Anxiety disorders often accompany ADD and/or ADHD and represent the most common form of psychopathology in children and adolescents. In community studies including adolescents, approximately 4–19% of young people were found to be suffering from anxiety disorders There is a slightly higher occurrence of anxiety disorders in adolescent girls than boys.
Anxiety disorders can significantly interfere with a young person’s ability to function in interpersonal relationships and at school yet they often go unrecognized by parents and teachers.
Anxiety disorders frequently co-occur with other mood disorders, depression, and disruptive behavior disorders. Anxiety disorders early in life place young people at heightened risk for subsequent anxiety disorders, major depressive disorder, schizophrenia, substance abuse, suicide, and psychiatric hospitalization in adolescence and young adulthood.
major presence in the treatment and prevention area, the cognitive-behavioral theoretical model and treatment approach is described in detail. The chapter concludes with a set of recommendations for best practices in the treatment and prevention of anxiety disorders in children and adolescents.
The Diagnostic and Statistical Manual of Mental Disorders IV-TR (DSM-IV-TR American Psychiatric Association, 2000) provides a comprehensive categorical system for classifying anxiety disorders. Each of these disorders has distinct features, yet they all share a common foundation of excessive, irrational fear and dread. A brief synopsis of each major anxiety disorder follows.
Children and adolescents with Separation Anxiety Disorder (SAD) experience developmentally excessive fear and distress concerning separation from home or significant attachment figures. Frequently these young people worry excessively about their parents’ health and safety, have difficulty sleeping without their parents, complain of stomachaches and headaches, and may manifest school refusal.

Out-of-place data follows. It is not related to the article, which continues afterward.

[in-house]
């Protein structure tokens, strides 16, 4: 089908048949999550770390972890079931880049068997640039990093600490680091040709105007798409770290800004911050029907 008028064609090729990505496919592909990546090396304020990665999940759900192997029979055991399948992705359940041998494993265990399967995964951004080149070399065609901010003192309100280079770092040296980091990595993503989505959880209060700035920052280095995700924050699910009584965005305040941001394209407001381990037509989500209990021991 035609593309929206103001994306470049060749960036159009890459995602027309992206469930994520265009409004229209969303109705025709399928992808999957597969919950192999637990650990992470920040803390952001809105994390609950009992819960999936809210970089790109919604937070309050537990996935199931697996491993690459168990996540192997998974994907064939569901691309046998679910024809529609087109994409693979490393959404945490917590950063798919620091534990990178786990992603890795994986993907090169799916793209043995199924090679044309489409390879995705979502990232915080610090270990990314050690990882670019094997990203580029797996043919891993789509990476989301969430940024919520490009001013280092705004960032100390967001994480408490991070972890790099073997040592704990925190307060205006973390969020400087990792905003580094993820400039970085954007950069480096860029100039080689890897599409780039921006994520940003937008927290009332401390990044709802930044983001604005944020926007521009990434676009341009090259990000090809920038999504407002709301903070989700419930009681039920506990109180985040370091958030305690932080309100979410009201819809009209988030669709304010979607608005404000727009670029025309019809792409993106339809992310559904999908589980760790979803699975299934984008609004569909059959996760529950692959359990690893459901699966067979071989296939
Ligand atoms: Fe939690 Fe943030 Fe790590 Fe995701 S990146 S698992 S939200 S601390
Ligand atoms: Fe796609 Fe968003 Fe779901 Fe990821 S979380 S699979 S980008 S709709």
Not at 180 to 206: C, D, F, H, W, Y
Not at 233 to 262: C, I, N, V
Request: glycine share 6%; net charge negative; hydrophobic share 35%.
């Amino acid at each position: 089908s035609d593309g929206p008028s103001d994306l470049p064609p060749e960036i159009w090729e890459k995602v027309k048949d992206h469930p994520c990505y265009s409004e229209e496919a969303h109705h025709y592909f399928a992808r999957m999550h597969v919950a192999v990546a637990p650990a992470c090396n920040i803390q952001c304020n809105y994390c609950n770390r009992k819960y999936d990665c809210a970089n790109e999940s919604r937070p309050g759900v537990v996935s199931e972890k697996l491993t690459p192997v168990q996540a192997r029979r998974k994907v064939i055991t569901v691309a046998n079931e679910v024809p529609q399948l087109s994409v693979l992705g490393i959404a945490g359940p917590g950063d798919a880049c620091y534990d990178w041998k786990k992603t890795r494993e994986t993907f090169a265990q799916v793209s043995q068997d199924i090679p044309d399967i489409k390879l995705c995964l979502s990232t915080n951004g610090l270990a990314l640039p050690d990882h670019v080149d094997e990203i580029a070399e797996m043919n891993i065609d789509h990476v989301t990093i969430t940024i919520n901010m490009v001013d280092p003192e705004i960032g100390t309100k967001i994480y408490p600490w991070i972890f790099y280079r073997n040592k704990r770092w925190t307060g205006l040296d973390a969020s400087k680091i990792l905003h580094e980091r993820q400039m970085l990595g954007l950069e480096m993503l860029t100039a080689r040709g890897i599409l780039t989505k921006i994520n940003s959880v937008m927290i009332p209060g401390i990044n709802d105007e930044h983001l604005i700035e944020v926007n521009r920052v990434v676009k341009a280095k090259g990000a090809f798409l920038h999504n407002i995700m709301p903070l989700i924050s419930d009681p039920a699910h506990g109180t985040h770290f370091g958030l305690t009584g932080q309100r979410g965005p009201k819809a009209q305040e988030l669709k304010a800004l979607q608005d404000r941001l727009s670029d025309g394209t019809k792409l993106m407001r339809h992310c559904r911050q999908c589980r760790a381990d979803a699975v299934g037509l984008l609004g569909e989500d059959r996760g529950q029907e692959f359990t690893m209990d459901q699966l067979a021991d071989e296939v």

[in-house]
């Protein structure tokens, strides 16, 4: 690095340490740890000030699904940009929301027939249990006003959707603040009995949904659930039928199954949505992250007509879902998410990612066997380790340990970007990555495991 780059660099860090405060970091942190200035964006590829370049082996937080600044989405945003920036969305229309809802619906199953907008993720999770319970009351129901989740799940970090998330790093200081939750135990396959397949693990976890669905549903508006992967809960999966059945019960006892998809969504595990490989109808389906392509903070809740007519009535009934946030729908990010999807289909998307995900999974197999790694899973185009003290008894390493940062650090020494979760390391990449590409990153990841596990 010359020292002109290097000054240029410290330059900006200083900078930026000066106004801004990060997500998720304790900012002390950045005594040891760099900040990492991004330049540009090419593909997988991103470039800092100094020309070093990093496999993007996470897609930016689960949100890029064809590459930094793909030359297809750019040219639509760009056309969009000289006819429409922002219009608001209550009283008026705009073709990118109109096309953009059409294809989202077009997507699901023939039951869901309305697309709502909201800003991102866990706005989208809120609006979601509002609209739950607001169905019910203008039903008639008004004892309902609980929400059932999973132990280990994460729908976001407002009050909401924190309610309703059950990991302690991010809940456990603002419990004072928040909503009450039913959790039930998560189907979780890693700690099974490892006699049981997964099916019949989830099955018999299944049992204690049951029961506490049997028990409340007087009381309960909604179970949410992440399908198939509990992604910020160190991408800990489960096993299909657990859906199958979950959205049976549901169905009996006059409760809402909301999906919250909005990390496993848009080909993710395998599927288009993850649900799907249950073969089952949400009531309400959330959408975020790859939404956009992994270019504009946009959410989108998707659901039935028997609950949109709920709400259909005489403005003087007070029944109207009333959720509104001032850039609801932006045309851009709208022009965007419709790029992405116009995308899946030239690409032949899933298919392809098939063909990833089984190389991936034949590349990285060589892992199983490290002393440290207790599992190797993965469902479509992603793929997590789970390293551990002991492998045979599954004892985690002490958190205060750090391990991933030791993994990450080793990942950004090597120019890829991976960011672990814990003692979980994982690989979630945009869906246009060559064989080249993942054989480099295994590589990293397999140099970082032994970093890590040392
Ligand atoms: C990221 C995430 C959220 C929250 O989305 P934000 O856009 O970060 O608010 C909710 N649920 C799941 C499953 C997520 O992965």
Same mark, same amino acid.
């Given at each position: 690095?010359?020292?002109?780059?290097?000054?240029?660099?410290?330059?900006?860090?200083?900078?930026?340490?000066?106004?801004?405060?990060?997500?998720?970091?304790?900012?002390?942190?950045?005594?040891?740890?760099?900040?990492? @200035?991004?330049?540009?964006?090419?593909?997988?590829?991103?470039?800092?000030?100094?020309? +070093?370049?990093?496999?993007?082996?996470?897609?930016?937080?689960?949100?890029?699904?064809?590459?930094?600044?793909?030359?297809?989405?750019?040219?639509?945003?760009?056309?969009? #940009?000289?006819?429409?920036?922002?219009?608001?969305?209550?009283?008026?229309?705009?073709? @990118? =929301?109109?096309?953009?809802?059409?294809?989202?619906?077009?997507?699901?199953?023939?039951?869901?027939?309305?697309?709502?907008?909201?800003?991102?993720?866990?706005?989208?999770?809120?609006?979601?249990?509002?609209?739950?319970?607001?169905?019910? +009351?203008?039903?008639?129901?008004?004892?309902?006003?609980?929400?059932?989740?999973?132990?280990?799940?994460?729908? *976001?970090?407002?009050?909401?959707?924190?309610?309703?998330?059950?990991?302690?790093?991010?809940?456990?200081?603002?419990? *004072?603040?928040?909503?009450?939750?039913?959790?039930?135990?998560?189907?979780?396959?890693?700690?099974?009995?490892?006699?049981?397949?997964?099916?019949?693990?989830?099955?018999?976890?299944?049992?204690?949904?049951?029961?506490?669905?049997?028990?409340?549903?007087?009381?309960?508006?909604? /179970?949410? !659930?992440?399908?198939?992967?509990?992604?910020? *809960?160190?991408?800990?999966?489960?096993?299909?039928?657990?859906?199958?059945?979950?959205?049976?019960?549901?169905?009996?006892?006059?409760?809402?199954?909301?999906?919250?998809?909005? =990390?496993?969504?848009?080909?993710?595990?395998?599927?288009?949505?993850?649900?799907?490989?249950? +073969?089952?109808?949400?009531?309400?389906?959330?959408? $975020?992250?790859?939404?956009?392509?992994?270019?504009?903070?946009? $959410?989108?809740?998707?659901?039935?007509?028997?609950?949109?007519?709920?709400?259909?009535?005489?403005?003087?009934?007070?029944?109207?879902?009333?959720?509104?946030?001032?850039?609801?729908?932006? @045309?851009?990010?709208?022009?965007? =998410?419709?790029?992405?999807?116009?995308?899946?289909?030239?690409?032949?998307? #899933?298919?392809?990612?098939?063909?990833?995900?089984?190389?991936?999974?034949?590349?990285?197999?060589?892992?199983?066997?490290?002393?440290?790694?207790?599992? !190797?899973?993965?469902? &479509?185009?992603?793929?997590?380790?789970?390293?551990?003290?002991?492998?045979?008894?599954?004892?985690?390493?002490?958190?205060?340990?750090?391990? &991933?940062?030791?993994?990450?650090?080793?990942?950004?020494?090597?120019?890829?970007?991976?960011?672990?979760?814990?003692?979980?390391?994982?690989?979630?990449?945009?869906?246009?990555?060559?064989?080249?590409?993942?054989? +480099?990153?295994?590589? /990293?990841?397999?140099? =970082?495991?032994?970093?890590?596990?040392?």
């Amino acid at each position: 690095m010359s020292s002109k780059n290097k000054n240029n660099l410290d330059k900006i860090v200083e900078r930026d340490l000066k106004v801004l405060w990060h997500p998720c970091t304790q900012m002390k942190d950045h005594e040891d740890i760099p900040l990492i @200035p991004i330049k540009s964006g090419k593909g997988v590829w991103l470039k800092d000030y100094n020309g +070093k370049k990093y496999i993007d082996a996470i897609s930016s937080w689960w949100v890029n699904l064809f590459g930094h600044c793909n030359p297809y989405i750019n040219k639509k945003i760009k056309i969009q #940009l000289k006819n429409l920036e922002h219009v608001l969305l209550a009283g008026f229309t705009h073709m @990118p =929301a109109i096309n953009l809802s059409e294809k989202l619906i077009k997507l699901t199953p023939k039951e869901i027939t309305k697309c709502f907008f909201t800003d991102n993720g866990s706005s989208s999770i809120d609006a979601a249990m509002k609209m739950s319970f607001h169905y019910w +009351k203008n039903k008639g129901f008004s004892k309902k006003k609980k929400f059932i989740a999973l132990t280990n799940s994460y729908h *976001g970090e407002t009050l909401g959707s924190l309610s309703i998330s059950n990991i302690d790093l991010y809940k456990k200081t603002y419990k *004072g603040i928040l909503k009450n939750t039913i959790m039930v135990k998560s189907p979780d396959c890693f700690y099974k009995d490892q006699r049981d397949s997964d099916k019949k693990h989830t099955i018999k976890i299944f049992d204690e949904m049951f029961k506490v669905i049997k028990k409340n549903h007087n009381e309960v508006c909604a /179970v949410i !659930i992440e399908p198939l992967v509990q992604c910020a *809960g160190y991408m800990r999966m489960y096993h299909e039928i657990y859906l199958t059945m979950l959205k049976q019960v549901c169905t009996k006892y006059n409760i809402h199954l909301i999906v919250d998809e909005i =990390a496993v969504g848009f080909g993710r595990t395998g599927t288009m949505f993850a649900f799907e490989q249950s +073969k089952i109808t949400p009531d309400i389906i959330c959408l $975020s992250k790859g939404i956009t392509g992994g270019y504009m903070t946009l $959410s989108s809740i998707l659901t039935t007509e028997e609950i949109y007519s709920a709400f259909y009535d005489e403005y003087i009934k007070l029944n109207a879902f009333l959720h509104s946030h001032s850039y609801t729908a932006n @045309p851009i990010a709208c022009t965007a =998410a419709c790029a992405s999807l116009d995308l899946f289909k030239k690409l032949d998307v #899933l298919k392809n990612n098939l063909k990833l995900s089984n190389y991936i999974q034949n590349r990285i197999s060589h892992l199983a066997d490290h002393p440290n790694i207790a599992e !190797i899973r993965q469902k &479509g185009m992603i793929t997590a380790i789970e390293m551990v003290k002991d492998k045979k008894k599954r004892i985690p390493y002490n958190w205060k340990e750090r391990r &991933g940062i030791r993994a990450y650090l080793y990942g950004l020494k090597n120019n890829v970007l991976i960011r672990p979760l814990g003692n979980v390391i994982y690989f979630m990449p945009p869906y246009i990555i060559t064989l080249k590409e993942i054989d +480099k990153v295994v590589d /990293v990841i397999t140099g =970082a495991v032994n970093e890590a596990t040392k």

Generalized Anxiety Disorder (GAD) is characterized by chronic, excessive, and uncontrollable worry. Worries may relate to friends, family, health, safety, and/or the future. A diagnosis of GAD also requires that at least one somatic symptom be present, such as motor tension or sleep difficulty.
Adolescents with Social Phobia (SocP) experience excessive fear or discomfort in social or performance situations. These young people fear negative evaluations from others and worry about doing something embarrassing, stupid, or awkward in social settings such as classrooms and restaurants or during sports activities.
Specific Phobia (SP) represents an intense fear of a particular object or situation and frequently is accompanied by avoidance of the focal object or situation. To distinguish between a developmentally normal fear and a specific phobia, one must consider age, severity of symptomatology, and impairment. Compared to normal fears, phobias are excessive, persistent, or maladaptive.
Panic Disorder (PD) involves recurrent and spontaneous attacks or episodes of intense fear. These episodes are accompanied by at least four somatic symptoms such as pounding or racing heart, sweating, shaking, difficulty breathing, chest pain, or fear of dying or going crazy. For many individuals, the onset of PD occurs at some point during adolescence.
Adolescents with Agoraphobia (Ag) avoid or are extremely uncomfortable in places they fear they will be unable to get help or escape. Agoraphobia may present independently or accompany panic disorder. Common stressful situations for agoraphobics include crowds, standing in line, shopping malls, traveling (especially via public transportation), enclosed places such as elevators, open spaces such as large parks, and trips or camps away from home.
NEGATIVE LIFE EVENTS. Multiple studies have shown that children and adolescents with mental health needs experience more negative, stressful, or traumatic life events than their healthy counterparts (Boer, Markus, Maingay, Linkhout, Borst & Hoogendijk, 2002), and these events represent risk factors for anxiety disorders as well. Elevated rates of anxiety disorders have been found following natural disasters (Yule & Williams, 1990) and negative life events such as the death of a family member, divorce, or changes in school (Donovan & Spence, 2000). Several studies suggest that youth with anxiety disorders experience a higher incident of negative life events compared to non-anxious children (Benjamin, Costello, & Warren, 1990; Boer et al., 2002; Goodyer & Altham, 1991), even when compared with siblings in the same household (Boer et al., 2002).
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